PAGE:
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[css3-writing-modes] referring to Unicode

From: John Daggett <jdaggett@mozilla.com>
Date: Sun, 1 May 2011 18:57:52 -0700 (PDT)
To: www-style@w3.org
Cc: markdavis@google.com
Message-ID: <1130793579.182853.1304301472016.JavaMail.root@cm-mail03.mozilla.org>
>From the section entitled "Orienting Text: the ‘text-orientation’ property":
http://www.w3.org/TR/css3-writing-modes/#text-orientation

> The orientation of characters belonging to the Common, Inherited, and
> Unknown script categories may be UA- or font-dependent in vertical
> typographic modes. The Unicode East Asian Width property [UAX11] can
> be used to distinguish whether a character is typically be set upright
> or sideways in ‘vertical-right’: characters classified as fullwidth
> (F) or wide (W) are typically set upright (using vertical font
> settings), whereas characters classified as neutral (N), narrow (Na)
> or halfwidth (H) are typically set sideways (using horizontal font
> settings).

Since CSS specs are both explaining behavior and defining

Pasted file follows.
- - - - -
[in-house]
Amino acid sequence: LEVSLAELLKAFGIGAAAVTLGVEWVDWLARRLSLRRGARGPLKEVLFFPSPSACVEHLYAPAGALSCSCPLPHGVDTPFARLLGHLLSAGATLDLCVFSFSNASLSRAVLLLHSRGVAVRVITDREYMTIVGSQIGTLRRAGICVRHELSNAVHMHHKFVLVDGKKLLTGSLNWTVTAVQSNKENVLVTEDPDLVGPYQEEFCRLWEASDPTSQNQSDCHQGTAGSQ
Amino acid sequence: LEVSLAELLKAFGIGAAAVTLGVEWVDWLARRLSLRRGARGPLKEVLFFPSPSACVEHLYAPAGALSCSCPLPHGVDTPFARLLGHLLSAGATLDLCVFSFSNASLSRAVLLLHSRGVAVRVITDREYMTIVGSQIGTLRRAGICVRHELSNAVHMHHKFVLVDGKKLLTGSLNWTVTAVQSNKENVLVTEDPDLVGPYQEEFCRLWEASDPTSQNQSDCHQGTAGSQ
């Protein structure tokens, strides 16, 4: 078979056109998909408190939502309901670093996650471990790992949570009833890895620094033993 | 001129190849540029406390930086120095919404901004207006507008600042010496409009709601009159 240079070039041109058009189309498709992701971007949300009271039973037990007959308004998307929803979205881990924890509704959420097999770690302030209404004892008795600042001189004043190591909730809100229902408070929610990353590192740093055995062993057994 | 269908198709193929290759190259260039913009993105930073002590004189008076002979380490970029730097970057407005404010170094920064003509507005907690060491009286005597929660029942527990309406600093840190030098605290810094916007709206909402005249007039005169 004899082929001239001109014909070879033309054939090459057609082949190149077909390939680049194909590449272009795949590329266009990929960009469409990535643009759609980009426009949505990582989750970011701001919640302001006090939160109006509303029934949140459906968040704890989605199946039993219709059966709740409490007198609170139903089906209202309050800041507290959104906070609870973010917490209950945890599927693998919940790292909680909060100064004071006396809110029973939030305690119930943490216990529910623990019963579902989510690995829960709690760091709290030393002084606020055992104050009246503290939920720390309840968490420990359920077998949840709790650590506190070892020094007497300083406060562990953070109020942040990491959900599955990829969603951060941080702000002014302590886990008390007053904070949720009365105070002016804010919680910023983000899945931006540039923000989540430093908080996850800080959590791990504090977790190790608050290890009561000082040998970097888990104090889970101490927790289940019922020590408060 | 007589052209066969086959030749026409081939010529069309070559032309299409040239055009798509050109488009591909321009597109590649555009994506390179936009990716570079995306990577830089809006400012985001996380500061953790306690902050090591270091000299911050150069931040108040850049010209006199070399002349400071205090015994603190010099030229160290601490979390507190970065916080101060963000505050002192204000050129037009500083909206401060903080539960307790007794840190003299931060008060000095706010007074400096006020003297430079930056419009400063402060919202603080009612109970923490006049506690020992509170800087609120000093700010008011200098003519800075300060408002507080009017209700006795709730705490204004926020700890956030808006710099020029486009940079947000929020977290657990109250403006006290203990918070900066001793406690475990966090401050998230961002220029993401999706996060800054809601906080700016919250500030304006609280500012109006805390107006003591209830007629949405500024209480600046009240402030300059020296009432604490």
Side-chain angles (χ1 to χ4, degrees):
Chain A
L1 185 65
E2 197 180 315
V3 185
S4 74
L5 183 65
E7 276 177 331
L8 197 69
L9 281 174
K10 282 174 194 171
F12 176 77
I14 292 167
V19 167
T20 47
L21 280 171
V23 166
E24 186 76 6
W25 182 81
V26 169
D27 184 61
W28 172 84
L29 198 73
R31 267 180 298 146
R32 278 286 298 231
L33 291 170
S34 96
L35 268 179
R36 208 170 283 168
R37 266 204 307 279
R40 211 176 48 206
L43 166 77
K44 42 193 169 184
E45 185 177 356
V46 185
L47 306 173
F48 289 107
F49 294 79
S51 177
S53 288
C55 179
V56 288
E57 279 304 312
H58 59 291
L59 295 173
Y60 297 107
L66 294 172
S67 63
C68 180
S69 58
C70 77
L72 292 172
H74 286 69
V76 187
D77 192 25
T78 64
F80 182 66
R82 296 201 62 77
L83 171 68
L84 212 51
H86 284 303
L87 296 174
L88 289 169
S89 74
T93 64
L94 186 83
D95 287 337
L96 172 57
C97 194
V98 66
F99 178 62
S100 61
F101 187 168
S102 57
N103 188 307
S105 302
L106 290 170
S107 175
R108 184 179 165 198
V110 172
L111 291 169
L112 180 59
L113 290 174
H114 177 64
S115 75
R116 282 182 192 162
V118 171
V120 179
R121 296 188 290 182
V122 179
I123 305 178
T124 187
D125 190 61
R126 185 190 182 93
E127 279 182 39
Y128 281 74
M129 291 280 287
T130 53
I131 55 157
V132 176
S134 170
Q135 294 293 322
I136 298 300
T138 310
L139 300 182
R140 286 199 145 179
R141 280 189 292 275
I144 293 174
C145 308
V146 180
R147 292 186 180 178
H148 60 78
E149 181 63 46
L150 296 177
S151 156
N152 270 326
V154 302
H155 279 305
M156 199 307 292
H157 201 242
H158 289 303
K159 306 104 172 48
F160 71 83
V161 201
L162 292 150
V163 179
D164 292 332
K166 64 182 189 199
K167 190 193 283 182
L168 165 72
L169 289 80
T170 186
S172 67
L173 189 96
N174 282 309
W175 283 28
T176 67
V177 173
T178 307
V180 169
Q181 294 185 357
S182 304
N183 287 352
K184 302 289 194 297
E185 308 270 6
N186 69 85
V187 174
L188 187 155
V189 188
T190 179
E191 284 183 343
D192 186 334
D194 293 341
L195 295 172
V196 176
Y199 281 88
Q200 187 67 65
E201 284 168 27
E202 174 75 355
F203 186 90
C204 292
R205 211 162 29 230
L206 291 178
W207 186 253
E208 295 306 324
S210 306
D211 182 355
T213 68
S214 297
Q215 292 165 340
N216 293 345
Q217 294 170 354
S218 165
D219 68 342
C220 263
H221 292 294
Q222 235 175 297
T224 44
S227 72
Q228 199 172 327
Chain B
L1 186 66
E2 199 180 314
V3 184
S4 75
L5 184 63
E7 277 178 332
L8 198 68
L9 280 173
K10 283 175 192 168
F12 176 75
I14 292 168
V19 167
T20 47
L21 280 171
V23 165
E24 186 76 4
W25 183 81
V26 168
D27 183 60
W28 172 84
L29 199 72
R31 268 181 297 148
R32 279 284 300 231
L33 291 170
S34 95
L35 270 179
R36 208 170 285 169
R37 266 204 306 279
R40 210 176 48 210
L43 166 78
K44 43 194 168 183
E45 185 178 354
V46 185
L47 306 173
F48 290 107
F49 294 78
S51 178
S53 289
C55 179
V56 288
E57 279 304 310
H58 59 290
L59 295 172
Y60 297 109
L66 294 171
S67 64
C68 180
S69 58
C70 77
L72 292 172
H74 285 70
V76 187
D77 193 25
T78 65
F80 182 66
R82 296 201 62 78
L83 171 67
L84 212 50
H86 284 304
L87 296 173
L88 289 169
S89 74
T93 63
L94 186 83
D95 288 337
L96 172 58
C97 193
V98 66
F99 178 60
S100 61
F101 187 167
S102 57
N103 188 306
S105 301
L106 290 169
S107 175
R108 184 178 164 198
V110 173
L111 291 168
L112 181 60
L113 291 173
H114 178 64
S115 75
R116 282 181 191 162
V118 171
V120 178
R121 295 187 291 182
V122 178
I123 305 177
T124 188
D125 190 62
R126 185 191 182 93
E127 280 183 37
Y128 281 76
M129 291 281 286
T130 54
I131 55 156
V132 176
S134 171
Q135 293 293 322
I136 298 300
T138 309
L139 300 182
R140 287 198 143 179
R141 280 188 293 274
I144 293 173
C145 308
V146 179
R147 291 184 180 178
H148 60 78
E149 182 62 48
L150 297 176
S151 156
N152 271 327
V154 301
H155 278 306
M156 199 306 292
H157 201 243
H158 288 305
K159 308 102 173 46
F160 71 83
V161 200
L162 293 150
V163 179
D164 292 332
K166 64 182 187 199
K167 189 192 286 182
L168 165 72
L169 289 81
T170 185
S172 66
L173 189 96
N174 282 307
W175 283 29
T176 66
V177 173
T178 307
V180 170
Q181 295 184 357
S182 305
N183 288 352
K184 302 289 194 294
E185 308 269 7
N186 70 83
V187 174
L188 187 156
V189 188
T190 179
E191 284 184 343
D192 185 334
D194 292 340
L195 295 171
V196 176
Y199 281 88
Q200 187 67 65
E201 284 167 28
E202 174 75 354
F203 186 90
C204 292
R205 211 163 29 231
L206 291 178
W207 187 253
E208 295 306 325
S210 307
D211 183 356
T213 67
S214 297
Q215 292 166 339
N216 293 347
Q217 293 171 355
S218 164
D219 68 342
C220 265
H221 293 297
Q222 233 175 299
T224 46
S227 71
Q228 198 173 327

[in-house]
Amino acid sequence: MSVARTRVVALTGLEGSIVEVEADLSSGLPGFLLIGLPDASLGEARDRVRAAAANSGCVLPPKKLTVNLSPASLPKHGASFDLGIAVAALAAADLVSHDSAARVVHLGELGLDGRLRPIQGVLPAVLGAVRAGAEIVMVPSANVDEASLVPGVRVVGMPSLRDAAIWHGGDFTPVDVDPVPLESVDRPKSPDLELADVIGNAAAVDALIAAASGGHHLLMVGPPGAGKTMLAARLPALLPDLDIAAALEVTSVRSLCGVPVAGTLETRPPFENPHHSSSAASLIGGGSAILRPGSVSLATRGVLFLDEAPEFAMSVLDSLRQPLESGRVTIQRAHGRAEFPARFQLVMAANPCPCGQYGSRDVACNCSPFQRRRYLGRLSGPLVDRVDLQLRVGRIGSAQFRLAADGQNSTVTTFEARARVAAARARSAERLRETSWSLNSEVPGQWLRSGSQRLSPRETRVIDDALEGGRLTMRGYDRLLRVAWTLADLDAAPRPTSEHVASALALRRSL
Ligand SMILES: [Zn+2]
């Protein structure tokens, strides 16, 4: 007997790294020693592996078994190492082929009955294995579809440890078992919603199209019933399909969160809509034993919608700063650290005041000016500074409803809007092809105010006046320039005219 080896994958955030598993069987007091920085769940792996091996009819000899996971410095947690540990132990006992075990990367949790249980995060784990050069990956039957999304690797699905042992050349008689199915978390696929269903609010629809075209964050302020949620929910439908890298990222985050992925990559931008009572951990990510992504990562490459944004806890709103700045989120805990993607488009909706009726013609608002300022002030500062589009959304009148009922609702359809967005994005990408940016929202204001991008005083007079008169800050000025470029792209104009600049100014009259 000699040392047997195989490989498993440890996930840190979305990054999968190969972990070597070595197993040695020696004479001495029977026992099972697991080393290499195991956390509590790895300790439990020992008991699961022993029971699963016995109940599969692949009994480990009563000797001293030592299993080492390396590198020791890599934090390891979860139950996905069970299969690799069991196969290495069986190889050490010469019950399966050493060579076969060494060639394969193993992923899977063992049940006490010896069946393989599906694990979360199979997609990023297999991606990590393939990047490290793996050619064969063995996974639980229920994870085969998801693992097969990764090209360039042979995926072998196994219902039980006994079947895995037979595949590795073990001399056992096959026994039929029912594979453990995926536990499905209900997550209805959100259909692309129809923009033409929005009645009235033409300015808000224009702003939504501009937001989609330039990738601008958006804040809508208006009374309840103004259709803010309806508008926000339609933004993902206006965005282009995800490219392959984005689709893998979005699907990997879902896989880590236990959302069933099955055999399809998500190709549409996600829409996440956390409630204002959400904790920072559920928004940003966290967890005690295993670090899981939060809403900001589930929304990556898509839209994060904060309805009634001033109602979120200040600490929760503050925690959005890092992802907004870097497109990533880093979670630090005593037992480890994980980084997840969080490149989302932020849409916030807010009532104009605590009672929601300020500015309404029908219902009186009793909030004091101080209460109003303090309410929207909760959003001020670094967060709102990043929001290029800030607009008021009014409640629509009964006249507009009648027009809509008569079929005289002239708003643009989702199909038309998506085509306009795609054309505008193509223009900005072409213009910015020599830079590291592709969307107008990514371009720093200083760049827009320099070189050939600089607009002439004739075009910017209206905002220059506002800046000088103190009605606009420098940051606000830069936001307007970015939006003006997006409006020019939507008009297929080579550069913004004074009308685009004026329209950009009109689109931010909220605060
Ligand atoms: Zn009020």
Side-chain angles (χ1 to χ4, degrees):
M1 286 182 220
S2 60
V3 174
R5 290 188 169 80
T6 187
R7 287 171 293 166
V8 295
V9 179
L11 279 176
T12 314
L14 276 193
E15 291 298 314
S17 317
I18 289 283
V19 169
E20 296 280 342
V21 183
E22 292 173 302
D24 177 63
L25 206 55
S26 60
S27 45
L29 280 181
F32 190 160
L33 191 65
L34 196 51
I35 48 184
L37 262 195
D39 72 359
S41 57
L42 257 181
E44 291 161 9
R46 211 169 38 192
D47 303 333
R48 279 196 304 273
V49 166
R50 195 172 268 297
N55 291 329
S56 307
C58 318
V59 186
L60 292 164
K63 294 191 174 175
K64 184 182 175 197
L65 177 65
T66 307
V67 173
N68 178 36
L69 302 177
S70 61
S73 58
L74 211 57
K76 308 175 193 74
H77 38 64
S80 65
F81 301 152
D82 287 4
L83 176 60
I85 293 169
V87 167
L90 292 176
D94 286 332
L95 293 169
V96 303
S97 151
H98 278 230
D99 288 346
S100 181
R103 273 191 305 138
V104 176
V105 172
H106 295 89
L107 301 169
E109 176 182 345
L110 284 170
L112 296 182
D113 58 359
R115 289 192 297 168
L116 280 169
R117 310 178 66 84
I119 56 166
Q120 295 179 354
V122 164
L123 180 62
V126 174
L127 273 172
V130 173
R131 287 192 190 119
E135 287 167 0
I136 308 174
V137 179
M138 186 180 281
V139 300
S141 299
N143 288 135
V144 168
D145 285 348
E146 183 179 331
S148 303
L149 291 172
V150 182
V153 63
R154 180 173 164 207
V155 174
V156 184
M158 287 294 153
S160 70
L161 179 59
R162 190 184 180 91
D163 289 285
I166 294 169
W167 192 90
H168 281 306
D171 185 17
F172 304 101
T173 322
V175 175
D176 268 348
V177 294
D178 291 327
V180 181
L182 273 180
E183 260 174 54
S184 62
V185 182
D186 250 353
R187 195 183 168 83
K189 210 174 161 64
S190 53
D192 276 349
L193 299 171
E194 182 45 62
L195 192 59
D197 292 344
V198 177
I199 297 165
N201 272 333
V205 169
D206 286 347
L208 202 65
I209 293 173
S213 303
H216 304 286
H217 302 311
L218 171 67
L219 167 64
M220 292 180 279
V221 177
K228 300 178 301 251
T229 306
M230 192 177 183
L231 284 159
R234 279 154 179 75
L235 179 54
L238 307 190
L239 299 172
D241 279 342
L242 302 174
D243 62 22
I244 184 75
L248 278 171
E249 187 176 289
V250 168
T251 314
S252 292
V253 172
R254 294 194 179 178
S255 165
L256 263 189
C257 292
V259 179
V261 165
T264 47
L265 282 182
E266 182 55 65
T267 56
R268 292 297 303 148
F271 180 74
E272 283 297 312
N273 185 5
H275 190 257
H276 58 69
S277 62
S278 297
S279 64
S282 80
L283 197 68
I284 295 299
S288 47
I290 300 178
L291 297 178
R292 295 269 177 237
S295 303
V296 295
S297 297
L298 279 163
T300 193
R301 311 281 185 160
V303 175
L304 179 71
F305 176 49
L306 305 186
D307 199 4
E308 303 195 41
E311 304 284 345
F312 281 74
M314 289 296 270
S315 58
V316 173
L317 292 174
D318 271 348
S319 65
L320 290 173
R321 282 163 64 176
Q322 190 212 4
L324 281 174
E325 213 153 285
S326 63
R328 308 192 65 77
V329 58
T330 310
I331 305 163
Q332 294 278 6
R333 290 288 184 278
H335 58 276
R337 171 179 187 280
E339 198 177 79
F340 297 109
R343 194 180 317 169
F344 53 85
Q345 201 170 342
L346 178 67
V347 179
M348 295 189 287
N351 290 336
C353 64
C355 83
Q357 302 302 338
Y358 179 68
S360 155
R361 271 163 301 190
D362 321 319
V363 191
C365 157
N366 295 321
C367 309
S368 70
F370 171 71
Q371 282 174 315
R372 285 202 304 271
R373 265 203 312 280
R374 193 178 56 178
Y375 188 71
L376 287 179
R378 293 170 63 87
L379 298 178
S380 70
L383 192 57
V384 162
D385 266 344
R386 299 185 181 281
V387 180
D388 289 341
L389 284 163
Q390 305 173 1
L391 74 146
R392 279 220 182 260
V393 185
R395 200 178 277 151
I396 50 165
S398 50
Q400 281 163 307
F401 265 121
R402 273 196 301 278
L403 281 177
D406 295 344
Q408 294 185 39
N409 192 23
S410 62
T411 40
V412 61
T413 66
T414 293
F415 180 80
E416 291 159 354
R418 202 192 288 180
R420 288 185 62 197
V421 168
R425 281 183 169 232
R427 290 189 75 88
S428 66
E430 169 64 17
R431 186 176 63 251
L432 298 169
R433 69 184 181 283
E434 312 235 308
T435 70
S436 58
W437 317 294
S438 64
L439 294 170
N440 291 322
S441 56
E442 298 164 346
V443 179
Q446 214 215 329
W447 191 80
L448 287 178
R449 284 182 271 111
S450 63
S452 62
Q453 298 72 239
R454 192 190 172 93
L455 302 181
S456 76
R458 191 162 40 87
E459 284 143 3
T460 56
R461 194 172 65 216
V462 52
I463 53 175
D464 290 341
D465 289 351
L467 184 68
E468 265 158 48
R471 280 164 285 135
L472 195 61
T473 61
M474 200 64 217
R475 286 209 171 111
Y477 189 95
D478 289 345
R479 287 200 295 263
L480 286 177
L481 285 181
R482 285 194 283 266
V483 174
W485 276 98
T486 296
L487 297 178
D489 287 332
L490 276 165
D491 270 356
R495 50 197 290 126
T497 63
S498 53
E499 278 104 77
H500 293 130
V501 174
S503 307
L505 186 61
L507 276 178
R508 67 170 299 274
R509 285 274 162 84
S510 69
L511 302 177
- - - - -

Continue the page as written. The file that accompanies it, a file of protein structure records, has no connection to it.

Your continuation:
implementation, referring to a Unicode technical note is fine for
referring to a deeper explanation of a concept but is *not* sufficient
for defining implementation behavior. Implementation behavior should
be defined in terms of the Unicode database [1] instead, by
referencing specific data fields in specific files, e.g. the
EastAsianWidth.txt file in your example here.  The technical notes
often don't always cover all the subtleties implicit in using this
data and that's something any definition of implementation behavior
needs to cover explicitly, otherwise you end up with untestable muddle.

Same thing for references in CSS3 Text 'text-transform', 'text-wrap',
these need to point to the specific data fields in the respective
Unicode data files and define specific behavior based on those data
fields.

Regards,

John Daggett

[1] Unicode database
http://www.unicode.org/Public/UNIDATA/
http://www.unicode.org/reports/tr44/
Received on Monday, 2 May 2011 01:58:20 GMT

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